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Video-game wrecks get real

About the author

Jack is the presenter of Science in Action on the BBC World Service. He trained as a mechanical engineer (with automotive and aeronautic design) before becoming a journalist. He has worked at the BBC for over a decade and has reported from areas as diverse as war zones and technology shows

Wiping out is a fundamental part of the fun in a driving-based video game. Crashless gaming is an indication that the player is not pushing hard enough. And when the crash comes, gamers want the experience to be as realistic as possible.

New work by designers and engineers means crashes are getting more spectacular – and frighteningly accurate – than ever.

Modelling a smash-up is a complicated physics problem for a game designer, and arguably the last frontier for driving-simulator game development. Plastics, metals, glass and other materials all deform and fracture at different rates and in different places. Every crash is unique in its destruction, and the anatomy of a crash is boggling in its complexity and speed. 

A modern car may have a plastic bumper, aluminium hood and a rigid steel safety cell, which all crease or fold, absorbing some of the crash energy. Then there is rebound from all these systems, as parts of them bounce back. The whole process is over in about 70 milliseconds (0.07 sec) – faster than the proverbial blink of an eye (0.1 sec).

Carmakers use super-computers to run crash simulators to recreate these explosive events, and to test new vehicle designs without actually destroying anything. The idea dates back to software company ESI, which in 1978 presented a simulation at a conference of a fighter plane crashing into a nuclear power plant.

From these doomsday origins, it was clear that the applications for damage modelling could be much wider. However it took until 1986 for the modelling of a crash involving a “virtual” Volkswagen Polo to be usefully created, and even then the simulation had to churn on the computer overnight, so only one crash per day was possible.

This all serves to make the work of startups such as BeamNG appear even more stunning. Consisting of just four people, two artists and two programmers scattered across Greece, the US, Australia and Germany (they conduct most of their meetings over Skype), the company has created a game, BeamNG.drive, that features incredibly realistic crashes, with possible real-world applications.

Watching the company’s sample video above is at once wildly entertaining and chilling. At one point, a car collides with a boulder. Time slows down in the impact’s immediate aftermath, and it is possible to see the individual components subjected to the force of the impact. A hubcap flies off, the front bumper detaches on one side, the vehicle rolls, metal crumples and suspension components appear to deform.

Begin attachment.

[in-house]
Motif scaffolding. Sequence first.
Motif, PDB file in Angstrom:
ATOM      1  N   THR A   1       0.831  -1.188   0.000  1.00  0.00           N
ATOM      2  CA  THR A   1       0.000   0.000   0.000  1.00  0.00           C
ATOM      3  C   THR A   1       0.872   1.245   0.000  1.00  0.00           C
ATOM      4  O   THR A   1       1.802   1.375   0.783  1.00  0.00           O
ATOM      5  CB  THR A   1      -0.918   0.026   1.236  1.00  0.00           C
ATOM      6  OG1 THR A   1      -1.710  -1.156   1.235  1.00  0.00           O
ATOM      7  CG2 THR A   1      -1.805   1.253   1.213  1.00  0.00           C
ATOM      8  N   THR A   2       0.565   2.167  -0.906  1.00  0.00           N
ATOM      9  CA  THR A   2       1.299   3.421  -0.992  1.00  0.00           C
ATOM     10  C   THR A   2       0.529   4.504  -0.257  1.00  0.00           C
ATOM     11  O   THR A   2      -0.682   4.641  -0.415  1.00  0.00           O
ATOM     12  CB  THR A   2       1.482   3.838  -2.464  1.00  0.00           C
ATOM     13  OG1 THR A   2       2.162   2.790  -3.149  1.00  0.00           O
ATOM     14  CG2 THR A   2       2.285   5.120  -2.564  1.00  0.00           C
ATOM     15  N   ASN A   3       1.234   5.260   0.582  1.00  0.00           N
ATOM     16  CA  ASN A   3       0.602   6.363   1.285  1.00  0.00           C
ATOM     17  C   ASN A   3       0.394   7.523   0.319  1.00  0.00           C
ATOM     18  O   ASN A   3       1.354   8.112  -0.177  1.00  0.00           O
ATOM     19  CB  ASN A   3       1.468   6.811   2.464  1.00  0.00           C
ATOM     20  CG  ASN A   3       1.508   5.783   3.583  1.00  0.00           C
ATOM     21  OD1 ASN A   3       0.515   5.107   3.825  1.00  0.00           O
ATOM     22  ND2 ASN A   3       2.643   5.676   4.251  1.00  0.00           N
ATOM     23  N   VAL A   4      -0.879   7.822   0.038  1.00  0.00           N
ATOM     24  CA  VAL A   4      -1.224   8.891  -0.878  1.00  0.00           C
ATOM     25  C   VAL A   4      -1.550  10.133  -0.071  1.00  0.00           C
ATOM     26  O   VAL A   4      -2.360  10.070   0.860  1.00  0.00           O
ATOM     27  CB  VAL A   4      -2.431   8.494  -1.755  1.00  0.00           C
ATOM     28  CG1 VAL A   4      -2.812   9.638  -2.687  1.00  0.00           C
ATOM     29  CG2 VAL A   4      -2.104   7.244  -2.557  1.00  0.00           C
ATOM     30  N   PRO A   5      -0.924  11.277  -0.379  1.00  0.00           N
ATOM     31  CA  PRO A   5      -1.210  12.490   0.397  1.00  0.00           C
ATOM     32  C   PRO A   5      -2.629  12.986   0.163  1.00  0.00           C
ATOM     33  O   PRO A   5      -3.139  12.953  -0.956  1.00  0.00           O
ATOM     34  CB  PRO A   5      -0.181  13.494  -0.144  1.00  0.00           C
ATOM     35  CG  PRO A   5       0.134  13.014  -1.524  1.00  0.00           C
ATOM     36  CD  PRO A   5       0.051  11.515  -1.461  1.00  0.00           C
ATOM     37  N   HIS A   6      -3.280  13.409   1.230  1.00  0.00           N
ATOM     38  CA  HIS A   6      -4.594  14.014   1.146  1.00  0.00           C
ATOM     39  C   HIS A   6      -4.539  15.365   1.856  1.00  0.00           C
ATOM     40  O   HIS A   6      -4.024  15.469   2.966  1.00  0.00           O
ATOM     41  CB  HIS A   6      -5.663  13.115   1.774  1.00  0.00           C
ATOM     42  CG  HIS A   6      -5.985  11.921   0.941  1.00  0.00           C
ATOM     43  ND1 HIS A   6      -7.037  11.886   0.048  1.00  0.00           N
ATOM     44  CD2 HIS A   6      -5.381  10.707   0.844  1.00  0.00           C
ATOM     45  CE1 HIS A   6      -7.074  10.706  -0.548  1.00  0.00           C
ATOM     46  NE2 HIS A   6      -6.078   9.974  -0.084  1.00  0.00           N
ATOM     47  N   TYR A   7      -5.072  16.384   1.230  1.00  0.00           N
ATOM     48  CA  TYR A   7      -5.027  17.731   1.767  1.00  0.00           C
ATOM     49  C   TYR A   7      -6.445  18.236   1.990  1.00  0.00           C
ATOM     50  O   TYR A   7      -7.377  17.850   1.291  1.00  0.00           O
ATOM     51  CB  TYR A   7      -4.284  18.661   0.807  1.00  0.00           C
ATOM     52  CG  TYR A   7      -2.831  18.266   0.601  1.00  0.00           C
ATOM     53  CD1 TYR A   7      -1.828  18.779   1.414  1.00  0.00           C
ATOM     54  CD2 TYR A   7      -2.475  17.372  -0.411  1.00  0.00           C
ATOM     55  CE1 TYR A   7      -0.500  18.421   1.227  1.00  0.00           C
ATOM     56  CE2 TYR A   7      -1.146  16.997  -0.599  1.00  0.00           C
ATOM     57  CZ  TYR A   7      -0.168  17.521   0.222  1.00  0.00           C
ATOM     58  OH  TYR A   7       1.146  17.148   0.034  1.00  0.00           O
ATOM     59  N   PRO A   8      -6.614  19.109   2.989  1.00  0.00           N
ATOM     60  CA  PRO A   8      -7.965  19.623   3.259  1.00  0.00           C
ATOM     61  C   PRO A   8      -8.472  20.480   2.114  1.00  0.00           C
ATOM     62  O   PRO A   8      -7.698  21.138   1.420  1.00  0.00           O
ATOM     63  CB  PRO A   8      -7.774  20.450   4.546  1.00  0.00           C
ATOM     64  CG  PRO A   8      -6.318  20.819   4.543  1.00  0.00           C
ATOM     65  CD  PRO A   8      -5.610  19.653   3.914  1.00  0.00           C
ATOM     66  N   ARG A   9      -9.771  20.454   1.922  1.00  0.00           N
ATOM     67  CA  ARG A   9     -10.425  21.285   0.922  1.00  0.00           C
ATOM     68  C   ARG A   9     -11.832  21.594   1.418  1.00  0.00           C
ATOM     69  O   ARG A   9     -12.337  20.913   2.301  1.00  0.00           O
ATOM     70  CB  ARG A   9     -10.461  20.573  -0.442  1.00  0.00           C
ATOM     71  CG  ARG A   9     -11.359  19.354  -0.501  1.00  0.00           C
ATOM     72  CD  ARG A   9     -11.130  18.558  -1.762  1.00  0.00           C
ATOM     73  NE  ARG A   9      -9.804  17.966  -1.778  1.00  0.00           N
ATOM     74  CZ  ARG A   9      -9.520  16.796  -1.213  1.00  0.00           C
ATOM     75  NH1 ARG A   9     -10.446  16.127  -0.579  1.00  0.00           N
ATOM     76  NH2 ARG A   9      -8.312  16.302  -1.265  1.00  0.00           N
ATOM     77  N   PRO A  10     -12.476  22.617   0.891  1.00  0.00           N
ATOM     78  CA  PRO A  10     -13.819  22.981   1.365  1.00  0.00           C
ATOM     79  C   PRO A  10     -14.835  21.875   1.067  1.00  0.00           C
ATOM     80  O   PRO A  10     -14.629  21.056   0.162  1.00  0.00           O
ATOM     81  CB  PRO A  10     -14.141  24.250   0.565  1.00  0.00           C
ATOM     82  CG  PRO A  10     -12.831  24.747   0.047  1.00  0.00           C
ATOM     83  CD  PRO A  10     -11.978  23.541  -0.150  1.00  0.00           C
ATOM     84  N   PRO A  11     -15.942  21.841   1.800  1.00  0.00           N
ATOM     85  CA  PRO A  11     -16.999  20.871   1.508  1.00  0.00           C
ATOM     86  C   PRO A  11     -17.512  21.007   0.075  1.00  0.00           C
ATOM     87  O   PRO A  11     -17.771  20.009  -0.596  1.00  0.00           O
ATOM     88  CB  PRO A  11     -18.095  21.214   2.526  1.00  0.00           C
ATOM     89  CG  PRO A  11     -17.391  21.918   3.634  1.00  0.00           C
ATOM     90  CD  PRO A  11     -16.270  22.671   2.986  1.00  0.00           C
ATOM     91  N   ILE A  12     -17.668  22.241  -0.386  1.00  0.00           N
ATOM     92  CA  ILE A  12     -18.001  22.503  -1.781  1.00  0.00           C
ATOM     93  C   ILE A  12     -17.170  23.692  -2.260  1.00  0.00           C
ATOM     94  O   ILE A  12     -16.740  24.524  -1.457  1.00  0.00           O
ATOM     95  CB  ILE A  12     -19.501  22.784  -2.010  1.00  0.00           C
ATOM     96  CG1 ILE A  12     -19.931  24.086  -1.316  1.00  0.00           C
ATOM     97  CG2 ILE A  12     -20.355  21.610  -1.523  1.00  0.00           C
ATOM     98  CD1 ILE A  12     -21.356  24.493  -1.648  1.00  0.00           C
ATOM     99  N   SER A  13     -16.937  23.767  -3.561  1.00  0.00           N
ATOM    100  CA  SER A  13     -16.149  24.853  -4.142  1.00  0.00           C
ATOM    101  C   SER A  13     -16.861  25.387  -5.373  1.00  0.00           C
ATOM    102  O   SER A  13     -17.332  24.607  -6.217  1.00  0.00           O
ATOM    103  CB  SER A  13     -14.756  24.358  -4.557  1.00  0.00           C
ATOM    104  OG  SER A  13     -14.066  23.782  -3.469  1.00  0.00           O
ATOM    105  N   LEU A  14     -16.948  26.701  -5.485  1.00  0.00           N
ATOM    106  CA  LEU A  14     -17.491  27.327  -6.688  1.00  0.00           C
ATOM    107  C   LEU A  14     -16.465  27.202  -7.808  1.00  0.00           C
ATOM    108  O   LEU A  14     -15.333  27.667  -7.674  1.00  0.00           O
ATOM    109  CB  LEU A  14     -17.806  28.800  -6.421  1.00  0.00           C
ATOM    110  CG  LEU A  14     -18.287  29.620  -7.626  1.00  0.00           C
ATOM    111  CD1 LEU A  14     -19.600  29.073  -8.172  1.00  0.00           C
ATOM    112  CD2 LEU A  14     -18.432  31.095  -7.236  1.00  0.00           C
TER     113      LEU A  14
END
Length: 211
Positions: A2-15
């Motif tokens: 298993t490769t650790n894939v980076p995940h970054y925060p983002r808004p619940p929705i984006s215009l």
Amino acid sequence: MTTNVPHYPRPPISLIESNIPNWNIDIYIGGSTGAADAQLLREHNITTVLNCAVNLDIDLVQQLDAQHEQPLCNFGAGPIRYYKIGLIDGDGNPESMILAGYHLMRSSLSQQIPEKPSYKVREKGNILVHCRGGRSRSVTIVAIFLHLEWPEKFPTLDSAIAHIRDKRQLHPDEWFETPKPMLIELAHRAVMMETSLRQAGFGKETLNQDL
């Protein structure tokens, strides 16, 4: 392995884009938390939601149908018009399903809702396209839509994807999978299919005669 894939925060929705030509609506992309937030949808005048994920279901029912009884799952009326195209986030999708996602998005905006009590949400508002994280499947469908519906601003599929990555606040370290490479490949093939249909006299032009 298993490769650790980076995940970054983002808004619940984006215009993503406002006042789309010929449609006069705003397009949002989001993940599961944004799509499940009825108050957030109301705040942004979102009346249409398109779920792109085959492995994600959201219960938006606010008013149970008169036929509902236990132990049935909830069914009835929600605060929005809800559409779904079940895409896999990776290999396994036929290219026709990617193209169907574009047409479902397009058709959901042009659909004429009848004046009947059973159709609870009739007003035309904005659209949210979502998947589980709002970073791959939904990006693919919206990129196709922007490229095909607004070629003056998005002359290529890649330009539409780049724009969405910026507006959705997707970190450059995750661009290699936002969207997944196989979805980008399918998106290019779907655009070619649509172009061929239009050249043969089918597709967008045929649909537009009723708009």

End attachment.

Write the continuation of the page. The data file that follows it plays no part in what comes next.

BeamNG.drive. (BeamNG)

The reason the crash is so realistic is because of the ground-up approach the company has taken to designing the simulations. “Actually it’s not about the crashes. The crash is a nice sight, but it’s about the behaviour of the vehicle itself,” says Thomas Fischer, head of research and development at BeamNG.

Instead of a game designer changing values arbitrarily to create a desired vehicle behaviour, BeamNG applies basic engineering principles gleaned through its research into materials science. The results reflect a deep understanding of how materials move; that they also look amazing onscreen is the byproduct.

At its most basic, the simulation engine is just a series of points, and information on the connection between those points.

“Whatever you can build out of those points and connections, it’s possible to simulate,” Fischer says. “What we’re doing is we’re giving the guy that creates the vehicle the ability to create a physics skeleton.”

The company has created a helicopter and a submarine, for example. Some points will mark wheels and tires, with the link between them defined as somewhat bouncy. Other points, meanwhile, will define the corners of the steel car body, with rigid links.

Using those basic principles, the physics of the vehicle and its driving – and crashing – characteristics become predictable.

What is learnt from realistic simulations can also feed back into the real world. Crash investigators, almost in reverse, could use the software. A realistic physical model of a car could help determine what might have happened in an accident through reconstruction.

As the company says, “BeamNG.drive is about doing anything you want with a car or truck.” It proposes that you go off-roading in a family sedan, or build your own racing machine to thrash and smash to your heart’s content.

BeamNG has also received interest from the film industry to model vehicle stunts, so that they can be prototyped and tested exhaustively – but cheaply – before a stunt driver smashes up a car on set.

The rest of us would be advised to keep our crashes onscreen.

BeamNG.drive. (BeamNG)

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